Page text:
A study of the potential use of membrane perturbants in enhancing the hyperthermic treatment of cancer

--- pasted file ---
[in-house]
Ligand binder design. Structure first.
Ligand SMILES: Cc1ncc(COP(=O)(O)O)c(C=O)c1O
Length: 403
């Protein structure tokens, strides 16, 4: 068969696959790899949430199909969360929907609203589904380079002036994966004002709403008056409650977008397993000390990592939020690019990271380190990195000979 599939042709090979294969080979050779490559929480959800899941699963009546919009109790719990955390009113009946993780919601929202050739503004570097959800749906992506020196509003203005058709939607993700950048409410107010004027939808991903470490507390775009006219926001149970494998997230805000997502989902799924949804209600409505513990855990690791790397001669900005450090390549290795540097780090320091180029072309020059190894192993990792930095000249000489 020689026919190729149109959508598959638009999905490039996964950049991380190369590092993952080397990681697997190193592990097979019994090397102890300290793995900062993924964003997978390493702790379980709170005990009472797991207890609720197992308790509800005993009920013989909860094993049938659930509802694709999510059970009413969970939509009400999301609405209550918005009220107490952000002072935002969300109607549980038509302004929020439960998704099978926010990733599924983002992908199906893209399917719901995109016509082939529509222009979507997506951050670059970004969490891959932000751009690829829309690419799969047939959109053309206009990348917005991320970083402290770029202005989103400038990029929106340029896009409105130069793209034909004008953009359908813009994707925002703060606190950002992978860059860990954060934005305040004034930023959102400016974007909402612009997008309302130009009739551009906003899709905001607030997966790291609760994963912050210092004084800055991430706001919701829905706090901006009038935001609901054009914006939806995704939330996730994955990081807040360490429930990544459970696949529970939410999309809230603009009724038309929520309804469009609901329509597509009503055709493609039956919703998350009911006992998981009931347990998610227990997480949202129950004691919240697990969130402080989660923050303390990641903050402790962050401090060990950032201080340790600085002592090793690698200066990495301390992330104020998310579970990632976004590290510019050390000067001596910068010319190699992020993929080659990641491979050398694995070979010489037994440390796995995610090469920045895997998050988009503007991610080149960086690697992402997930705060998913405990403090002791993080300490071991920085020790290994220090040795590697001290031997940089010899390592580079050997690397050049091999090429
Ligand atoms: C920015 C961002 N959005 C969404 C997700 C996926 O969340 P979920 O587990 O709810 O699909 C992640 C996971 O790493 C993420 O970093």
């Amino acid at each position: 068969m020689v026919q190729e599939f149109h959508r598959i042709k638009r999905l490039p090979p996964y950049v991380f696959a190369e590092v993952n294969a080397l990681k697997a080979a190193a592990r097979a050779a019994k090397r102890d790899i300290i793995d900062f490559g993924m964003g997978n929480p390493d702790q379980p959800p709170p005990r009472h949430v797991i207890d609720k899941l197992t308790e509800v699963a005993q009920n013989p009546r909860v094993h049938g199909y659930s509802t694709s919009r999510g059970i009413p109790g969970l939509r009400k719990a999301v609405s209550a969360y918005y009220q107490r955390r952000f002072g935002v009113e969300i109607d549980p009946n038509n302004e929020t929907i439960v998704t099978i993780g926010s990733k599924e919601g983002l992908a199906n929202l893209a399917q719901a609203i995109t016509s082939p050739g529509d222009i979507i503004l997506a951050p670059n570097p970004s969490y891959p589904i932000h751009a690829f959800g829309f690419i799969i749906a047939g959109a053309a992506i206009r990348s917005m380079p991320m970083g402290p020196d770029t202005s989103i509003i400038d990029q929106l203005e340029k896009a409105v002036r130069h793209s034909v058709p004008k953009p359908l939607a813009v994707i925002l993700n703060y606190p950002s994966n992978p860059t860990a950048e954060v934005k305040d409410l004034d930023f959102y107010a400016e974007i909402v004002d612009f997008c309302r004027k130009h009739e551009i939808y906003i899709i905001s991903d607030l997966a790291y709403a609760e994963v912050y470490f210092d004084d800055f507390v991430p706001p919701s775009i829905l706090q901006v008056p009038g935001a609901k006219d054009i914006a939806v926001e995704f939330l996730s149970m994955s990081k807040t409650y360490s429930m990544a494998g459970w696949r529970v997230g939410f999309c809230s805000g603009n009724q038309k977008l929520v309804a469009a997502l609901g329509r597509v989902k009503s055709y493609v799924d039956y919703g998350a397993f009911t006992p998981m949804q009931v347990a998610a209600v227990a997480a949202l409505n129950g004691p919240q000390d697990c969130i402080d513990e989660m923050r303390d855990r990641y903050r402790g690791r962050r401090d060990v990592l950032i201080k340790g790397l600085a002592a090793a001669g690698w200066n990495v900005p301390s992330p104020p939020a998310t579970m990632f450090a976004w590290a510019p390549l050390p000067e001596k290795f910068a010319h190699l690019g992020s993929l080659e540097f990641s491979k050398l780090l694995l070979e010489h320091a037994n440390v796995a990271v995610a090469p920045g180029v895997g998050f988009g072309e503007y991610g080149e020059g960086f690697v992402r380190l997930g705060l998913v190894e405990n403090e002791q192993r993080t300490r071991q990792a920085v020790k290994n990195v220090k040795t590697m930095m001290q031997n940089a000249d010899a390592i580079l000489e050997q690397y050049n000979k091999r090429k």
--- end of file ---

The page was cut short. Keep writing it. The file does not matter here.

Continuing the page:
Many tumour cells are more sensitive to hyperthermia than non-cancerous cells. The nature of this greater thermal sensitivity is not clear. The present study indicates that a likely cause for this increased thermal sensitivity is membrane-associated. Plasma membrane enriched fractions were obtained from two solid rat tumours: D23, a hepatoma, and Mc7, a sarcoma. Lipids from these membranes were extracted, characterized, and compared to equivalent fractions from control tissue (liver). In both cases the tumour membranes had lowered cholesterol: phospholipid ratios. There was little differenceln the phospholipid classes, but there was somecliSigfetice in the fatty acid composition of the individual phospholipids. Fluorescence polarization studies were carried out on whole membranes and indicated that the overall 'order' of the tumour membranes was decreased with respect to the controls. In addition a plasma membrane bound enzyme, the Mg2+ATPase, was found to be considerably more thermolabile in the tumour cells. The addition of the membrane pertubant tetracaine produced a greater degree of disorder in the tumour membranes compared to controls, and enhanced the thermolability of the Mg2+ATPase. These differences are further evidence that the plasma membrane is a likely site for the primary lesion in cell heat injury. Results from in vivo studies support the above mentioned in vitro work. D23 and Mc7 tumours, grown in the foot, were subject to hyperthermia and the simultaneous application of a membrane perturbant, tetracaine. The addition of the tetracaine significantly increased the efficacy of the treatment. When the D23 tumour was grown in ethanol-dependent rats there was no difference in the 'adaptive' response of the tumour, compared to the normal, plasma membranes. There was no difference in the heat sensitivity of foot tumours grown in ethanol-fed rats compared to tumours from pair fed controls.